But what is the motivation for Pompeo to visit Guyana, a country demeaned until recently as the “second poorest in the hemisphere?” Guyana, as well as Suriname, is central to the subversion of Venezuela, its neighbour to the west. In recent years, as energy multinationals withdrew from Venezuela under the threat of US economic sanctions, the Guyana-Suriname Basin emerged as a hotbed of offshore oil and gas discoveries totaling over 8 billion barrels of crude oil equivalent.      Continue reading

Discover Guyana – Why I Love Guyana – by Barbadian Davina Layne – Video

#DiscoverGuyana – Why I Love Guyana – Davina Layne

Meet Barbadian national Davina Layne who called Guyana home for two years. Learn what she thought, how Guyana opened her eyes, and why she loves Guyana.

Guyana, US to activate Shiprider agreement for air; maritime anti-drugs fight

Guyana and the United States (US) would be activating a 19-year old Shiprider Agreement that would allow the two countries to interdict drug traffickers, the US State Department said ahead of Secretary of State Mike Pompeo’s visit.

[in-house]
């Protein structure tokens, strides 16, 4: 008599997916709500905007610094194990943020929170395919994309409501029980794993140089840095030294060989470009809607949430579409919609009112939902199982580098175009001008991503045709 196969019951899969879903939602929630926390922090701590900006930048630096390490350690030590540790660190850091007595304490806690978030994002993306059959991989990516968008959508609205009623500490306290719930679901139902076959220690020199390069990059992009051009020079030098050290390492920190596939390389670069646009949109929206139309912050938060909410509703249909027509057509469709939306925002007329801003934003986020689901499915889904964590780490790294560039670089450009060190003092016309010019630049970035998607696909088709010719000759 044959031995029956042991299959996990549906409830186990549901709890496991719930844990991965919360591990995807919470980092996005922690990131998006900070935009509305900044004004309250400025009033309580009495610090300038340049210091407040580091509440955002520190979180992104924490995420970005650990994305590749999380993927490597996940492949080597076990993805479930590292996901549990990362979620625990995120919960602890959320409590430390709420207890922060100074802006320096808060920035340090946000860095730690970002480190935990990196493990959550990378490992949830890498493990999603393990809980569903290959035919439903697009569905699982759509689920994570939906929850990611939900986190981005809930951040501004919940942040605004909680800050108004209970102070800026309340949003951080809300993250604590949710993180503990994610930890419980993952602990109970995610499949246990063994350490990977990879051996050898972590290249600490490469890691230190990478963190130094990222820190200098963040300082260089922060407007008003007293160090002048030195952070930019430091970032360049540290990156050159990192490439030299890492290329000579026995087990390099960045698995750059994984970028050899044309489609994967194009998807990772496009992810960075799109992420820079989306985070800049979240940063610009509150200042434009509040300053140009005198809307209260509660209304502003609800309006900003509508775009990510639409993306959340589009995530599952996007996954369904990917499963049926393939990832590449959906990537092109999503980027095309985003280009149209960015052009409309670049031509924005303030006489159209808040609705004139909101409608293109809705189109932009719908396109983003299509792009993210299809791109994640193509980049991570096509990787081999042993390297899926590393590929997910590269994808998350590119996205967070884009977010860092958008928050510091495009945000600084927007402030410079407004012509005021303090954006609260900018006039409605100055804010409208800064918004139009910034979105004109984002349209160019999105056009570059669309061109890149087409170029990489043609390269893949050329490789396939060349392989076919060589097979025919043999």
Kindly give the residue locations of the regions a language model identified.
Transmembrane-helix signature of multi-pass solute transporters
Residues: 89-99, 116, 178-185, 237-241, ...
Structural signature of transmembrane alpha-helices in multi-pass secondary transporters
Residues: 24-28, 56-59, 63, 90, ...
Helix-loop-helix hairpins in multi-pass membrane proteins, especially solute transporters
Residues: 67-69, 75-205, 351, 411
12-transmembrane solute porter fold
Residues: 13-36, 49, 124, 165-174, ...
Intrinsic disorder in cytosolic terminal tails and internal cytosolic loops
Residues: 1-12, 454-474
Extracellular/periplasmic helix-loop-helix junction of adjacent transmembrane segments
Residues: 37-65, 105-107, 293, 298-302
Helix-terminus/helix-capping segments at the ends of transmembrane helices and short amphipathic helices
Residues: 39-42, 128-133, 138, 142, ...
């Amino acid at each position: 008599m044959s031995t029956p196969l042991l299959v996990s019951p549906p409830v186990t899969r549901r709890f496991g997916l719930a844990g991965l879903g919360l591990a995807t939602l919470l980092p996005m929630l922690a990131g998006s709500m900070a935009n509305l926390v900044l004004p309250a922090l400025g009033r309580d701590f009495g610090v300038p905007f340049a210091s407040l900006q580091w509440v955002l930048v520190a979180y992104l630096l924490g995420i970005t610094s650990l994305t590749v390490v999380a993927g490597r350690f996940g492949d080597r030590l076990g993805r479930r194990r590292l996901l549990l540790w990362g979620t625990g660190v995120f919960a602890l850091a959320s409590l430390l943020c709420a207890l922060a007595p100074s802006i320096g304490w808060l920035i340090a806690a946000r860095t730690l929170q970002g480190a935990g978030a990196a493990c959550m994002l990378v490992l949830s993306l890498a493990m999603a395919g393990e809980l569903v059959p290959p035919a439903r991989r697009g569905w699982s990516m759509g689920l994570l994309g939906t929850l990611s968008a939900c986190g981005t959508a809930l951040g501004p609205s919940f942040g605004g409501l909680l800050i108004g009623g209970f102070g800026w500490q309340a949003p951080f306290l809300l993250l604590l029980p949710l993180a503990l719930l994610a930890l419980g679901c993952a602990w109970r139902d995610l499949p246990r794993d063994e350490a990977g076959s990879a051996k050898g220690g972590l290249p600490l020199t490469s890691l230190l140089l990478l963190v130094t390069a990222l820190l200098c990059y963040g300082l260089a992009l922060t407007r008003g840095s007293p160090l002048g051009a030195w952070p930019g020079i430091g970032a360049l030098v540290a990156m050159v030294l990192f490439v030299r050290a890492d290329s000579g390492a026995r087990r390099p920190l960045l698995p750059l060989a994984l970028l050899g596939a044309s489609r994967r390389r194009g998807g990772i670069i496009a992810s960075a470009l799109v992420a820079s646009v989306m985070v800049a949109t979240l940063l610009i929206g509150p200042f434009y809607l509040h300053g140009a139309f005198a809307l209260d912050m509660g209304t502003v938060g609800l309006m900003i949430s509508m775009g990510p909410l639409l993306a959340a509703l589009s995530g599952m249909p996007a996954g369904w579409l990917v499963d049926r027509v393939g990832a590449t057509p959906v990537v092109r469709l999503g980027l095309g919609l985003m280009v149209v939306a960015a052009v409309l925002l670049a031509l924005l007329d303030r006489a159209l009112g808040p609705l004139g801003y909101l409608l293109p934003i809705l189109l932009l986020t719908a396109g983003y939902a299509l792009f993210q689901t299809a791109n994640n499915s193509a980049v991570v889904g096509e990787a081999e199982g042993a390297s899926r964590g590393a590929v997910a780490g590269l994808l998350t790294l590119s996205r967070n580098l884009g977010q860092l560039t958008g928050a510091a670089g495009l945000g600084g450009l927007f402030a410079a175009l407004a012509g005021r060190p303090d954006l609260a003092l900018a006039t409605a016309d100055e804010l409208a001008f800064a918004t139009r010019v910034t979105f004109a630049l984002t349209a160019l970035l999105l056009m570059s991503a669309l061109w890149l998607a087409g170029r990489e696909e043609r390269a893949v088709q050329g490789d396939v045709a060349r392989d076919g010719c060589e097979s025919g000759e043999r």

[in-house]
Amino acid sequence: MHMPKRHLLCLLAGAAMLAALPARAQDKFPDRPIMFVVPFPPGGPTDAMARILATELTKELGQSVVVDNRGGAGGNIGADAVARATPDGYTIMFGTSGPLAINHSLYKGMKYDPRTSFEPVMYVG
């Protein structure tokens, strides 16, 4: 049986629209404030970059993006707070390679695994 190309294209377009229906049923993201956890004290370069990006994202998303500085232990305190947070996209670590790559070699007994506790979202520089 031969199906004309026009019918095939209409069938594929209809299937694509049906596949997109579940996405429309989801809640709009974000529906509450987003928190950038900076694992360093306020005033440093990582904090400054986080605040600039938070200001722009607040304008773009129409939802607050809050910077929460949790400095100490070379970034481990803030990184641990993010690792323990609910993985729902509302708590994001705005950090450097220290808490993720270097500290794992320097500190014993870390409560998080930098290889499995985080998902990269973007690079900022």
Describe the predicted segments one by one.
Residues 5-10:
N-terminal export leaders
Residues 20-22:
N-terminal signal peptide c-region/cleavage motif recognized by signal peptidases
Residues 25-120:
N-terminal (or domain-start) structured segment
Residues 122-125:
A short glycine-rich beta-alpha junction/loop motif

“Following the Secretary’s visit, a bilateral Shiprider Agreement will come into force, enabling joint maritime and airspace patrols to interdict narcotics,” according to a fact sheet issued by Mr. Pompeo’s office.      Continue reading

VIDEO: A Tour of Trinidad’s Market – By Chef Debra Sardinha-Metivier of DSM Creative Cuisine

A Tour of Trinidad’s Market – The Culinary Institute of America

In Port of Spain’s markets, ingredients from Europe, Africa, and the Indian subcontinent come together on vendor tables. Culantro here is known as shadow benny or chadon benni — a corruption of the French chardon benit or “blessed thistle.” It is a part of the green seasoning that is a Trinidad and Tobago culinary basic. Chef Debra Sardinha-Metivier of DSM Creative Cuisine, gives us our first look at the diversity of the Trinidadian market basket.

For recipes, visit